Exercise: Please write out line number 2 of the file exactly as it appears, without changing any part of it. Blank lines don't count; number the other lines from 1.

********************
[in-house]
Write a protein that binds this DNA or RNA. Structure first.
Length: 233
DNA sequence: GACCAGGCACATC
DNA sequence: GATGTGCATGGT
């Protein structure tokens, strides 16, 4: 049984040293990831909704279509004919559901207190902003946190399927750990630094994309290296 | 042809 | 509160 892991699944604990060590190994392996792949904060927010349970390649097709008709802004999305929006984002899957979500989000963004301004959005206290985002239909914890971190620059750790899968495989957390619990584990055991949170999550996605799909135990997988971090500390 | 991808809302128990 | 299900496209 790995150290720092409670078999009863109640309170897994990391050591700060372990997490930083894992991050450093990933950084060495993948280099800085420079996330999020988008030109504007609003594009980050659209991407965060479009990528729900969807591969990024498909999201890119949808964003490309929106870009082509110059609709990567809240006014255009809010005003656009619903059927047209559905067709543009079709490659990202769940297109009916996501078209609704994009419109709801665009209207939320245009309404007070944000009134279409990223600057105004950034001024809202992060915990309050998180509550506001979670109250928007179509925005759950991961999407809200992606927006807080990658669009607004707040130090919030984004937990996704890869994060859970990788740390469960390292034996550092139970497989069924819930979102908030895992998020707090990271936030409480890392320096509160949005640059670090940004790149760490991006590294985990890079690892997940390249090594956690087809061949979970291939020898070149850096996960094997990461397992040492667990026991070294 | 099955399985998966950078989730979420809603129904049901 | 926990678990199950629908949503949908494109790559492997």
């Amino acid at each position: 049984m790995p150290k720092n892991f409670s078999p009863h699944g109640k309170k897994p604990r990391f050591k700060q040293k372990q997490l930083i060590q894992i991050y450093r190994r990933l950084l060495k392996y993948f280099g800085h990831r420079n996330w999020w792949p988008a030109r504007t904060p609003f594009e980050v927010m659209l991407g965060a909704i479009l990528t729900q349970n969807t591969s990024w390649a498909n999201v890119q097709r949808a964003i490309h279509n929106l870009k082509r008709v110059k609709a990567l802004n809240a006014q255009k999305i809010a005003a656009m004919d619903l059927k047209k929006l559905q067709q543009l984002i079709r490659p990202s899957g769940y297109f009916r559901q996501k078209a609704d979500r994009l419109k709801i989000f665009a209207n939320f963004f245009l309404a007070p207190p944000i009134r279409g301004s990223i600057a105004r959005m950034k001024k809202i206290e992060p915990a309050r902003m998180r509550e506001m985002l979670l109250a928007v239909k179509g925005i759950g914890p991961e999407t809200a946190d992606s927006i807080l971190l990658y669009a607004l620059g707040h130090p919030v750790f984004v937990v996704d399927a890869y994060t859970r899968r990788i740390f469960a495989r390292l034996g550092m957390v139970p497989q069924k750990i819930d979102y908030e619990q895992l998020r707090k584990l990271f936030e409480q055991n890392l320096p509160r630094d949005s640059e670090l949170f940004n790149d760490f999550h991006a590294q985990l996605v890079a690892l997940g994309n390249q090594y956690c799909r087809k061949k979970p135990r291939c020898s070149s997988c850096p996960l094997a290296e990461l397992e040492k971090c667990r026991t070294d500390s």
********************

Write a protein that binds this DNA or RNA. Structure first.